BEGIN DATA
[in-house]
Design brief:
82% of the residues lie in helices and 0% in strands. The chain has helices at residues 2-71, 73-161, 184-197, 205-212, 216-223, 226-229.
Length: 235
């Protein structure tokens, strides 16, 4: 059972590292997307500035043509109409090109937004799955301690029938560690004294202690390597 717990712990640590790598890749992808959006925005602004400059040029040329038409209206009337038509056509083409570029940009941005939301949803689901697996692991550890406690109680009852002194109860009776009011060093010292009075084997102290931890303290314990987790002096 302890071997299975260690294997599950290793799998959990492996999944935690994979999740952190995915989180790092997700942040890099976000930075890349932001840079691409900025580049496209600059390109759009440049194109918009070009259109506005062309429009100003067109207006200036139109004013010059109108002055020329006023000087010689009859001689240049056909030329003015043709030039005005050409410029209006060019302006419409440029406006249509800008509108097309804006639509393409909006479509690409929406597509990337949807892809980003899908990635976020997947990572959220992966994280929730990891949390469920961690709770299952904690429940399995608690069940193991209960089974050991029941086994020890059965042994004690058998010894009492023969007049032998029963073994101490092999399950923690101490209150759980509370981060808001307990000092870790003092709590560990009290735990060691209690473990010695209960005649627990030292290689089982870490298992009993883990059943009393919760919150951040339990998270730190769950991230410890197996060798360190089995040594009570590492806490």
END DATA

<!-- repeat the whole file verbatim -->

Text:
[in-house]
Design brief:
82% of the residues lie in helices and 0% in strands. The chain has helices at residues 2-71, 73-161, 184-197, 205-212, 216-223, 226-229.
Length: 235
């Protein structure tokens, strides 16, 4: 059972590292997307500035043509109409090109937004799955301690029938560690004294202690390597 717990712990640590790598890749992808959006925005602004400059040029040329038409209206009337038509056509083409570029940009941005939301949803689901697996692991550890406690109680009852002194109860009776009011060093010292009075084997102290931890303290314990987790002096 302890071997299975260690294997599950290793799998959990492996999944935690994979999740952190995915989180790092997700942040890099976000930075890349932001840079691409900025580049496209600059390109759009440049194109918009070009259109506005062309429009100003067109207006200036139109004013010059109108002055020329006023000087010689009859001689240049056909030329003015043709030039005005050409410029209006060019302006419409440029406006249509800008509108097309804006639509393409909006479509690409929406597509990337949807892809980003899908990635976020997947990572959220992966994280929730990891949390469920961690709770299952904690429940399995608690069940193991209960089974050991029941086994020890059965042994004690058998010894009492023969007049032998029963073994101490092999399950923690101490209150759980509370981060808001307990000092870790003092709590560990009290735990060691209690473990010695209960005649627990030292290689089982870490298992009993883990059943009393919760919150951040339990998270730190769950991230410890197996060798360190089995040594009570590492806490």